Luzhkov is widely believed to be preparing a presidential run to succeed Yeltsin, who cannot run again. The president's inner circle, dubbed the "family" by the Russian media, distrusts Luzhkov and hopes to install a successor who would preserve their privileged position — and prevent them from possible prosecution on corruption charges. 

The Kremlin, specifically Yeltsin's chief of staff Alexander Voloshin, tried in vain to block the alliance — which gives Luzhkov a formidable political machine in Russia's far-flung provinces. When they failed, it appeared that power was slipping away from the Kremlin. 

As soon as Fatherland-All Russia was formed, observers were saying it could dominate elections to the Duma — and give Luzhkov a boost in his presidential race. 

"The process of forming a new ruling party was happening quickly and without the Kremlin's participation," Andrei Ryabov, a political analyst at Carnegie Moscow Center, said. "Stepashin was being too passive for Yeltsin's liking during this process. He was standing on the sidelines and playing a neutral role instead of protecting the Kremlin's interests." 

Putin is a tougher figure, known for leaning on regional leaders. As deputy head of Kremlin administration, and more recently as FSB director and head of the advisory Security Council, Putin was not shy about opening criminal cases against uncooperative elites in Russia's provinces.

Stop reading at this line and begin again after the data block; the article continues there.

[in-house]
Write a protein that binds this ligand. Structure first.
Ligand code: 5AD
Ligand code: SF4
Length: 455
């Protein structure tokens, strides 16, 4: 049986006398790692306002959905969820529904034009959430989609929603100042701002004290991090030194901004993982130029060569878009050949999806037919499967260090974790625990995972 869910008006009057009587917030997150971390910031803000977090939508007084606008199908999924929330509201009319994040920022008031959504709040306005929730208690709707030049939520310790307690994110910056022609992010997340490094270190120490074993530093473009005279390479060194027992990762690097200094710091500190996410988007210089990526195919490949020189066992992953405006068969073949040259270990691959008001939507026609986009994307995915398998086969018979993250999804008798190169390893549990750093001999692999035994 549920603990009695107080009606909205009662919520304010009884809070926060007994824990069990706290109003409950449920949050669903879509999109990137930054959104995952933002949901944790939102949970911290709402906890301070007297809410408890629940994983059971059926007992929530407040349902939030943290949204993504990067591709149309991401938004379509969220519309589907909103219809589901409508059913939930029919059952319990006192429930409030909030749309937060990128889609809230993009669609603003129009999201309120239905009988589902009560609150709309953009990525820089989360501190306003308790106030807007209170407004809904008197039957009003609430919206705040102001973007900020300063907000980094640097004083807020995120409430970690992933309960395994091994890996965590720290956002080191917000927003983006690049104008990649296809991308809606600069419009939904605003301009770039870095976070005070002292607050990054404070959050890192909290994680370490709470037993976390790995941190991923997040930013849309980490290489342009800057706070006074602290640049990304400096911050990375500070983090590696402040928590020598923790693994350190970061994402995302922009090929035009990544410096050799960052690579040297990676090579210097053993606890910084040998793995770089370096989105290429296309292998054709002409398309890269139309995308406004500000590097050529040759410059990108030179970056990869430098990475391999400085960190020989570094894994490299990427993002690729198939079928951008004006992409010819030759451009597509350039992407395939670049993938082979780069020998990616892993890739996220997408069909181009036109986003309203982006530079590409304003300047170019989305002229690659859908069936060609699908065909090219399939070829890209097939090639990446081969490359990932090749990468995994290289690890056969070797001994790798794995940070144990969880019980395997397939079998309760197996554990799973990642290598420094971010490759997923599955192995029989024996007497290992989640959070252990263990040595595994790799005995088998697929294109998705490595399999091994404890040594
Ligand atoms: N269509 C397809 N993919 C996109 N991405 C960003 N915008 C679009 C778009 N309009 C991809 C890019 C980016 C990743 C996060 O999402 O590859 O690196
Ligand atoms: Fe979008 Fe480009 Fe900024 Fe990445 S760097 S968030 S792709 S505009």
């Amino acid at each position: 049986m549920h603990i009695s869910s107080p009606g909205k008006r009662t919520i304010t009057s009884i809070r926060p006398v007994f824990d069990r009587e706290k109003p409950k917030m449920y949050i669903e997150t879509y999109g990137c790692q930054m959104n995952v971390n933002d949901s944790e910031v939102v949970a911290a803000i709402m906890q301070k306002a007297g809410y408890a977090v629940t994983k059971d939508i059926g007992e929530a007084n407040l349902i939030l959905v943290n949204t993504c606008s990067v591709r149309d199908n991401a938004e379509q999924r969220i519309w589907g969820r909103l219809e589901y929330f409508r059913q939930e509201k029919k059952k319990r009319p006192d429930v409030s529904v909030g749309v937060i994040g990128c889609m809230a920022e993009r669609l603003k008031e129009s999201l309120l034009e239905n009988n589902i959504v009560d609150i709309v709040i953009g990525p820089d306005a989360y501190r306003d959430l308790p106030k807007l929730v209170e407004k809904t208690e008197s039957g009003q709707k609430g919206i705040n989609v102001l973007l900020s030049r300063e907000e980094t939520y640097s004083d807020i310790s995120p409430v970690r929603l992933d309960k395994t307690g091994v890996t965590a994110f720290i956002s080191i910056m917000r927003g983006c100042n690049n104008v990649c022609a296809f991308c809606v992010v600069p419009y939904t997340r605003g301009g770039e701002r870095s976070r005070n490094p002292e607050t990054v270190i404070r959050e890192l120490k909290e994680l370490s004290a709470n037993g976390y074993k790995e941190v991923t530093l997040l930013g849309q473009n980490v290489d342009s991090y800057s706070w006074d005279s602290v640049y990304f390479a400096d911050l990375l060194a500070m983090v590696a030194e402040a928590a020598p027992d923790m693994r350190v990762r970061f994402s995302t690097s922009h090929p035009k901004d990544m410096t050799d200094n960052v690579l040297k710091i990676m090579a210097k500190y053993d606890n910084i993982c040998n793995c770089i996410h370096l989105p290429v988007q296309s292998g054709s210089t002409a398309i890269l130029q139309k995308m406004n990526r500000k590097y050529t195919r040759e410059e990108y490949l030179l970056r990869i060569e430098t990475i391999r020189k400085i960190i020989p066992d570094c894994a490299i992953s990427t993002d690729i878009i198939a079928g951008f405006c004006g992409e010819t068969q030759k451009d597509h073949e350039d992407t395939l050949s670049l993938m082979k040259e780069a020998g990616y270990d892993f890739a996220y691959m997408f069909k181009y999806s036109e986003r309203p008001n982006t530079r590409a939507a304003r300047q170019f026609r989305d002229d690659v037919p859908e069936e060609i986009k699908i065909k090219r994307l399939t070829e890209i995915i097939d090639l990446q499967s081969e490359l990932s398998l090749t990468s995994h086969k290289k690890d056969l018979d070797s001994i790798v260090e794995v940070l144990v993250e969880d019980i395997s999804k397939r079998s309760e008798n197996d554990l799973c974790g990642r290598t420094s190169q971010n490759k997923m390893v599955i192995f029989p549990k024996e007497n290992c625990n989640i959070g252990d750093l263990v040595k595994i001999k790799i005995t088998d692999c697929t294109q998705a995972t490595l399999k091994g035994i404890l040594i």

"Stepashin was loyal, but Yeltsin demands more than loyalty," Yury Korgunyuk of the INDEM think-tank said. "Putin's appointment can be seen as a message to the governors." 

Ryabov said that with Putin as prime minister, elections to the Duma will take on "a different character" — with increased use of kompromat, or compromising documentary evidence, and "administrative methods" to combat parties distasteful to the Kremlin. 

"I am afraid that the elections will take on a tragi-comic character," Ryabov said. 

Other observers pointed to the fact that Stepashin was becoming an unacceptably independent figure for Yeltsin — who is notorious for jealously guarding the prerogatives of his office. Stepashin's recent trip to the United States, for example, received wide and favorable television coverage here; and he had spoken out over the fighting in Dagestan. 

"Stepashin was operating very independently regarding the situation in Dagestan," Ryabov said. "He was giving orders to the military and the Interior Ministry, which is the president's sphere."